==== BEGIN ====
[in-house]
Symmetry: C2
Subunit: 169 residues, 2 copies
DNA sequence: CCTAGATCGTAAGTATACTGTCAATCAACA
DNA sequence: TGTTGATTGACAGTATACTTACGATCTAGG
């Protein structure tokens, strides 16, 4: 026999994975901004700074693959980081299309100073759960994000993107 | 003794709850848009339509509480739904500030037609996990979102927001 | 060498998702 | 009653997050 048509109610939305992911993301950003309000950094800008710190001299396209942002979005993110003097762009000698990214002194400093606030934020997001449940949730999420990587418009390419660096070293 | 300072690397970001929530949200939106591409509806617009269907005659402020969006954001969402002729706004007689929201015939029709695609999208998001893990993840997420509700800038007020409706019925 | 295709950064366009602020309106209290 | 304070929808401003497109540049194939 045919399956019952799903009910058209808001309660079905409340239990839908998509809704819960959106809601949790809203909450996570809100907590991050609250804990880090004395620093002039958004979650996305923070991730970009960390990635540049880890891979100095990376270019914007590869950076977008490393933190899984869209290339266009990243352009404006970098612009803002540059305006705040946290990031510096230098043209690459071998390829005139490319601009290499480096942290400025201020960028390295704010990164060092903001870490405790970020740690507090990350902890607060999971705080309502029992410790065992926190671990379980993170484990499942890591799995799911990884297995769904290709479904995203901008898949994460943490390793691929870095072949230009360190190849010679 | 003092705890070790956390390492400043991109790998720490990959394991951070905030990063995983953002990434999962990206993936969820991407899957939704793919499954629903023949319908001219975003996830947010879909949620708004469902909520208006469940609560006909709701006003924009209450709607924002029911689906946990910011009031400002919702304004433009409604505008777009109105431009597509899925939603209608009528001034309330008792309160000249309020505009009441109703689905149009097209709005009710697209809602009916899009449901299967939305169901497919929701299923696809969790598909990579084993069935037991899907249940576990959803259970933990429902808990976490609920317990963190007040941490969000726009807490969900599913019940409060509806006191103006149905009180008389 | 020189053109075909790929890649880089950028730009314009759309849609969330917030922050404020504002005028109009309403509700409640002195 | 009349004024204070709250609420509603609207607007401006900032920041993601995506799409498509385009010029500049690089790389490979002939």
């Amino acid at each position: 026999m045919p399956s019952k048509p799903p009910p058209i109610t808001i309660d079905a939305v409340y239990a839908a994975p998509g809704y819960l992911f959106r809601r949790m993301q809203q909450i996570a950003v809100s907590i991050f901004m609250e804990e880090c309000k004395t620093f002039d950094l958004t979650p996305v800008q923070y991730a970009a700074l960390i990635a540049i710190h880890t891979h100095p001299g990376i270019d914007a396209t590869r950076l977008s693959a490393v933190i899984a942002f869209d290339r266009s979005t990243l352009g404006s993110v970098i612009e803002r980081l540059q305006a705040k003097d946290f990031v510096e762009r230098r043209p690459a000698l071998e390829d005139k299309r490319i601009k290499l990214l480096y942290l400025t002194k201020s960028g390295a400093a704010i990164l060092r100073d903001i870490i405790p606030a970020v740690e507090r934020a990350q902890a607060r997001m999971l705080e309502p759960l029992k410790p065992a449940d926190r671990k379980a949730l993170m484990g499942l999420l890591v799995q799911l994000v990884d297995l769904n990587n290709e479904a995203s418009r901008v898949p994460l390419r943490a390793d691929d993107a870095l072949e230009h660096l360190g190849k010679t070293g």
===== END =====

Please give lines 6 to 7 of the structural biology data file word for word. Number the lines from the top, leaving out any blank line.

């Protein structure tokens, strides 16, 4: 026999994975901004700074693959980081299309100073759960994000993107 | 003794709850848009339509509480739904500030037609996990979102927001 | 060498998702 | 009653997050 048509109610939305992911993301950003309000950094800008710190001299396209942002979005993110003097762009000698990214002194400093606030934020997001449940949730999420990587418009390419660096070293 | 300072690397970001929530949200939106591409509806617009269907005659402020969006954001969402002729706004007689929201015939029709695609999208998001893990993840997420509700800038007020409706019925 | 295709950064366009602020309106209290 | 304070929808401003497109540049194939 045919399956019952799903009910058209808001309660079905409340239990839908998509809704819960959106809601949790809203909450996570809100907590991050609250804990880090004395620093002039958004979650996305923070991730970009960390990635540049880890891979100095990376270019914007590869950076977008490393933190899984869209290339266009990243352009404006970098612009803002540059305006705040946290990031510096230098043209690459071998390829005139490319601009290499480096942290400025201020960028390295704010990164060092903001870490405790970020740690507090990350902890607060999971705080309502029992410790065992926190671990379980993170484990499942890591799995799911990884297995769904290709479904995203901008898949994460943490390793691929870095072949230009360190190849010679 | 003092705890070790956390390492400043991109790998720490990959394991951070905030990063995983953002990434999962990206993936969820991407899957939704793919499954629903023949319908001219975003996830947010879909949620708004469902909520208006469940609560006909709701006003924009209450709607924002029911689906946990910011009031400002919702304004433009409604505008777009109105431009597509899925939603209608009528001034309330008792309160000249309020505009009441109703689905149009097209709005009710697209809602009916899009449901299967939305169901497919929701299923696809969790598909990579084993069935037991899907249940576990959803259970933990429902808990976490609920317990963190007040941490969000726009807490969900599913019940409060509806006191103006149905009180008389 | 020189053109075909790929890649880089950028730009314009759309849609969330917030922050404020504002005028109009309403509700409640002195 | 009349004024204070709250609420509603609207607007401006900032920041993601995506799409498509385009010029500049690089790389490979002939």
């Amino acid at each position: 026999m045919p399956s019952k048509p799903p009910p058209i109610t808001i309660d079905a939305v409340y239990a839908a994975p998509g809704y819960l992911f959106r809601r949790m993301q809203q909450i996570a950003v809100s907590i991050f901004m609250e804990e880090c309000k004395t620093f002039d950094l958004t979650p996305v800008q923070y991730a970009a700074l960390i990635a540049i710190h880890t891979h100095p001299g990376i270019d914007a396209t590869r950076l977008s693959a490393v933190i899984a942002f869209d290339r266009s979005t990243l352009g404006s993110v970098i612009e803002r980081l540059q305006a705040k003097d946290f990031v510096e762009r230098r043209p690459a000698l071998e390829d005139k299309r490319i601009k290499l990214l480096y942290l400025t002194k201020s960028g390295a400093a704010i990164l060092r100073d903001i870490i405790p606030a970020v740690e507090r934020a990350q902890a607060r997001m999971l705080e309502p759960l029992k410790p065992a449940d926190r671990k379980a949730l993170m484990g499942l999420l890591v799995q799911l994000v990884d297995l769904n990587n290709e479904a995203s418009r901008v898949p994460l390419r943490a390793d691929d993107a870095l072949e230009h660096l360190g190849k010679t070293g």